As starships go, it’s cheap. For $180 you can buy a Constellation Taurus, a 59-meter, 80-ton freighter that is perfect for anyone looking to break into interstellar trading. Or at least it will be. Would-be space truckers who pay up now will have to wait until 2016, when “Star Citizen,” a video game being developed by Cloud Imperium Games (CIG), is ready for lift-off.
Crowdfunding — in which artists, authors and designers raise money directly from their fans — has been good to the makers of video games. Since the launch in 2009 of Kickstarter, the best-known crowdfunding website, dozens of designers have been able to short-circuit the big publishing firms. The most successful have raised several million dollars each.
[contextly_sidebar id=”BdiodlKmvzxXdd6ZNO0fGQ1Xkst6lDx2″]But “Star Citizen” stands above all the others. Its initial crowdfunding push, run simultaneously in 2012 on Kickstarter and CIG’s website, raised about $6 million. But the donations kept coming. So far the game has accumulated $72 million; another few million dollars rains down every month. That makes it the biggest crowdfunded project, of any sort, yet seen. Its nearest competition is Ethereum, a Bitcoin-inspired publishing platform, which raised $18 million.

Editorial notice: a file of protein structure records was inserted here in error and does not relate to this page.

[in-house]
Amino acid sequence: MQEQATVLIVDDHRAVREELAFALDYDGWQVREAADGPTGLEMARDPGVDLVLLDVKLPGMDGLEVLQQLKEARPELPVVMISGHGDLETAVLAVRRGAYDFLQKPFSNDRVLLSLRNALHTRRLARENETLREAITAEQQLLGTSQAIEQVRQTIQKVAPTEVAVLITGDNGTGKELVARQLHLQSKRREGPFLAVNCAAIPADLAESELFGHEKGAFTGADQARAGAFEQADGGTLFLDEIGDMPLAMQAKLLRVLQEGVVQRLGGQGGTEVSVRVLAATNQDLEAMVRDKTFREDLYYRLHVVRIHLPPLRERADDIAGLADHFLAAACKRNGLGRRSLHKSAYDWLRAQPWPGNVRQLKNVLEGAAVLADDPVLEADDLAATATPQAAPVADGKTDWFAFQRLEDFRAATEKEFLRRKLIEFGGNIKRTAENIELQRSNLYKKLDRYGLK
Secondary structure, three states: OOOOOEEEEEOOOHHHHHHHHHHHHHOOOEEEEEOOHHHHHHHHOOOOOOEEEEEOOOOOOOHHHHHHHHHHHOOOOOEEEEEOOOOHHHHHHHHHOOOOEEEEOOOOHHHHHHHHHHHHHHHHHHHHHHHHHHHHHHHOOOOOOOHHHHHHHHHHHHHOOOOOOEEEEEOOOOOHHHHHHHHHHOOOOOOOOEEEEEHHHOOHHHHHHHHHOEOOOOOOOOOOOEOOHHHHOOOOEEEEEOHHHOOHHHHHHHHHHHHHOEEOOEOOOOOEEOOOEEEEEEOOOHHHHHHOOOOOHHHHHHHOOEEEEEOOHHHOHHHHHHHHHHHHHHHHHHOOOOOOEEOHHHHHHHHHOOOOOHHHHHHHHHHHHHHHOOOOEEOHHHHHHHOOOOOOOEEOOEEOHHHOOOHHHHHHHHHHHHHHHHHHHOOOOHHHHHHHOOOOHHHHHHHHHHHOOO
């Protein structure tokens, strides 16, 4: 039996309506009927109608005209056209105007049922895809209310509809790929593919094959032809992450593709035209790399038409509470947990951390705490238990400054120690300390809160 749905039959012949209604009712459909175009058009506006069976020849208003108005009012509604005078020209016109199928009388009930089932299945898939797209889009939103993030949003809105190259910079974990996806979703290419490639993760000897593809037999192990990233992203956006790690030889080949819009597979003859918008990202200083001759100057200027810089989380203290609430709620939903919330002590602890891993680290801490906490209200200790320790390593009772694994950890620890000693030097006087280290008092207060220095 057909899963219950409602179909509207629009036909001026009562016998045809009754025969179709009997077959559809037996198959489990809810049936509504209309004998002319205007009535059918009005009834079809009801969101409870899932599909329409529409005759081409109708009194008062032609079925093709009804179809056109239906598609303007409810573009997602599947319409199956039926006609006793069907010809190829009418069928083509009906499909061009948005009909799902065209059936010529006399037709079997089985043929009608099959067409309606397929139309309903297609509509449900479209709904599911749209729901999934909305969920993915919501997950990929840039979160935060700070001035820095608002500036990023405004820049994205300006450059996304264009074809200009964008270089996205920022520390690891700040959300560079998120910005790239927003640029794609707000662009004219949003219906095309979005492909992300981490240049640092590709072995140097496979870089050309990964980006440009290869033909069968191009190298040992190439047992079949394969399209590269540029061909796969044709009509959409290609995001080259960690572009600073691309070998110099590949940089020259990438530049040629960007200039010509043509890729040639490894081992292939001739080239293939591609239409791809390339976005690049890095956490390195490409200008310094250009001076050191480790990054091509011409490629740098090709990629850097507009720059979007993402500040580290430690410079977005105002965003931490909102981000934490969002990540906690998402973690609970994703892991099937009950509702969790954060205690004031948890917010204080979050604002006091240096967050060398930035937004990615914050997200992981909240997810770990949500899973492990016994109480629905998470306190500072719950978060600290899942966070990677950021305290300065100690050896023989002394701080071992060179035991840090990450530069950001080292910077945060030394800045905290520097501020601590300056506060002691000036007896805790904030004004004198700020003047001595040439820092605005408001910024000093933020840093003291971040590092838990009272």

Every cent has come from roughly 750,000 ordinary fans. In return for pledges — ranging from $36 to $18,000 — they get virtual spacecraft to use in the game, early access to unfinished versions, T-shirts, and so on. What they do not get is equity in the business or a cut of any profits. As with other “reward crowdfunding” campaigns, these modern-day patrons of the arts are willing to pay because they like the idea of “Star Citizen” and want to see it produced. Video-game budgets are hard to pin down, but $72 million puts it in the top flight, alongside blockbuster franchises such as “Halo” and “Grand Theft Auto.”
Bigger, more conventionally financed games-makers try to appeal to as broad an audience as possible. However, there is a chunk of the audience that “doesn’t want those compromises,” says CIG’s owner, Chris Roberts. “Crowdfunding allows you to reach them directly.” His reputation has made it easier to get them to part with their cash: he made his name in the 1990s with a popular game called “Wing Commander.”
Even so, some fans fear Roberts is taking on a bigger, more complex project than he can handle. In response, he notes that one advantage of games is that they can be released in stages to reassure backers. CIG has already sent some of them a module that lets them take a tour of their new spacecraft, and another that lets them stage dogfights with other craft. Their feedback will be used to improve the game.
Roberts, who has also worked in Hollywood, thinks crowdfunding could work for big-budget films and television, two other risky sorts of production that can inspire rabid devotion in fans. They would have to find ways to involve fans in the production process without giving away the plot. “But if Joss Whedon [a producer of cult science-fiction shows] wanted to do another series of ‘Firefly,’ I bet he could raise a hell of a lot of cash.”
© The Economist Newspaper Limited, London (February 14, 2015)